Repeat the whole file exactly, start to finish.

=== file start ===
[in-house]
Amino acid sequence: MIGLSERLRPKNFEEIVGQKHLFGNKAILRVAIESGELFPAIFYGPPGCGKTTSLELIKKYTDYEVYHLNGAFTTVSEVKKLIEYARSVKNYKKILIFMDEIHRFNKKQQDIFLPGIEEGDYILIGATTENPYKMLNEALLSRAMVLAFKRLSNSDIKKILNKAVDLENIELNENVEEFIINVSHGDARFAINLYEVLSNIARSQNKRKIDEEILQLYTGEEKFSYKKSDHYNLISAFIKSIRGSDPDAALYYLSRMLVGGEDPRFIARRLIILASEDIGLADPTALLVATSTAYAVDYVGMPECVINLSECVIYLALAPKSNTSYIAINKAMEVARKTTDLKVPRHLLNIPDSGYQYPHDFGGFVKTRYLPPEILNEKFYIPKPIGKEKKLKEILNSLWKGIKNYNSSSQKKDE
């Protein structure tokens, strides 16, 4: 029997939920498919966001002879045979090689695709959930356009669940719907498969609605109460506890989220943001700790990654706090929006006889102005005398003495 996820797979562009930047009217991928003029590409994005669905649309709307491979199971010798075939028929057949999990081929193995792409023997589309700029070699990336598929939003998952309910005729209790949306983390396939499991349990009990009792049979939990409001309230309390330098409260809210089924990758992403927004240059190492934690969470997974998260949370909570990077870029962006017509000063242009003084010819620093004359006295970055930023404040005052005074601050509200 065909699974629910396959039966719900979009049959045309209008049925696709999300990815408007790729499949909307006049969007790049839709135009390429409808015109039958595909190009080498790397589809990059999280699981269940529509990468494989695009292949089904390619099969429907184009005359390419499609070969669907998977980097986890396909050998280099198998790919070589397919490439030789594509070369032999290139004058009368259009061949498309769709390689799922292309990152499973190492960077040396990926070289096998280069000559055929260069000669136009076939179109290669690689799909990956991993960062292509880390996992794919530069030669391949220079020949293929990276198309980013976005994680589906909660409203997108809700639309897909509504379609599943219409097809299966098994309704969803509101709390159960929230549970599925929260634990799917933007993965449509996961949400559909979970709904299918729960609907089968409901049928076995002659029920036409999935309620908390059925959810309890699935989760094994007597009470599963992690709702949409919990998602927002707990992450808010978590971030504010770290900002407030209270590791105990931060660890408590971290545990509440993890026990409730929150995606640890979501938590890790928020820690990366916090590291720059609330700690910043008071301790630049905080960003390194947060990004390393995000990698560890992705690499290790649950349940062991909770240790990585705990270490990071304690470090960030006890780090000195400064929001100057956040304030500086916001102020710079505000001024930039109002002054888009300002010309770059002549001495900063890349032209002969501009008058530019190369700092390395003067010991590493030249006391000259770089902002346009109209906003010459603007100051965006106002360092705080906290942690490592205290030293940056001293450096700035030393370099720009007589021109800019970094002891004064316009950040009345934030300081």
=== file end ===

[in-house]
Amino acid sequence: MIGLSERLRPKNFEEIVGQKHLFGNKAILRVAIESGELFPAIFYGPPGCGKTTSLELIKKYTDYEVYHLNGAFTTVSEVKKLIEYARSVKNYKKILIFMDEIHRFNKKQQDIFLPGIEEGDYILIGATTENPYKMLNEALLSRAMVLAFKRLSNSDIKKILNKAVDLENIELNENVEEFIINVSHGDARFAINLYEVLSNIARSQNKRKIDEEILQLYTGEEKFSYKKSDHYNLISAFIKSIRGSDPDAALYYLSRMLVGGEDPRFIARRLIILASEDIGLADPTALLVATSTAYAVDYVGMPECVINLSECVIYLALAPKSNTSYIAINKAMEVARKTTDLKVPRHLLNIPDSGYQYPHDFGGFVKTRYLPPEILNEKFYIPKPIGKEKKLKEILNSLWKGIKNYNSSSQKKDE
């Protein structure tokens, strides 16, 4: 029997939920498919966001002879045979090689695709959930356009669940719907498969609605109460506890989220943001700790990654706090929006006889102005005398003495 996820797979562009930047009217991928003029590409994005669905649309709307491979199971010798075939028929057949999990081929193995792409023997589309700029070699990336598929939003998952309910005729209790949306983390396939499991349990009990009792049979939990409001309230309390330098409260809210089924990758992403927004240059190492934690969470997974998260949370909570990077870029962006017509000063242009003084010819620093004359006295970055930023404040005052005074601050509200 065909699974629910396959039966719900979009049959045309209008049925696709999300990815408007790729499949909307006049969007790049839709135009390429409808015109039958595909190009080498790397589809990059999280699981269940529509990468494989695009292949089904390619099969429907184009005359390419499609070969669907998977980097986890396909050998280099198998790919070589397919490439030789594509070369032999290139004058009368259009061949498309769709390689799922292309990152499973190492960077040396990926070289096998280069000559055929260069000669136009076939179109290669690689799909990956991993960062292509880390996992794919530069030669391949220079020949293929990276198309980013976005994680589906909660409203997108809700639309897909509504379609599943219409097809299966098994309704969803509101709390159960929230549970599925929260634990799917933007993965449509996961949400559909979970709904299918729960609907089968409901049928076995002659029920036409999935309620908390059925959810309890699935989760094994007597009470599963992690709702949409919990998602927002707990992450808010978590971030504010770290900002407030209270590791105990931060660890408590971290545990509440993890026990409730929150995606640890979501938590890790928020820690990366916090590291720059609330700690910043008071301790630049905080960003390194947060990004390393995000990698560890992705690499290790649950349940062991909770240790990585705990270490990071304690470090960030006890780090000195400064929001100057956040304030500086916001102020710079505000001024930039109002002054888009300002010309770059002549001495900063890349032209002969501009008058530019190369700092390395003067010991590493030249006391000259770089902002346009109209906003010459603007100051965006106002360092705080906290942690490592205290030293940056001293450096700035030393370099720009007589021109800019970094002891004064316009950040009345934030300081």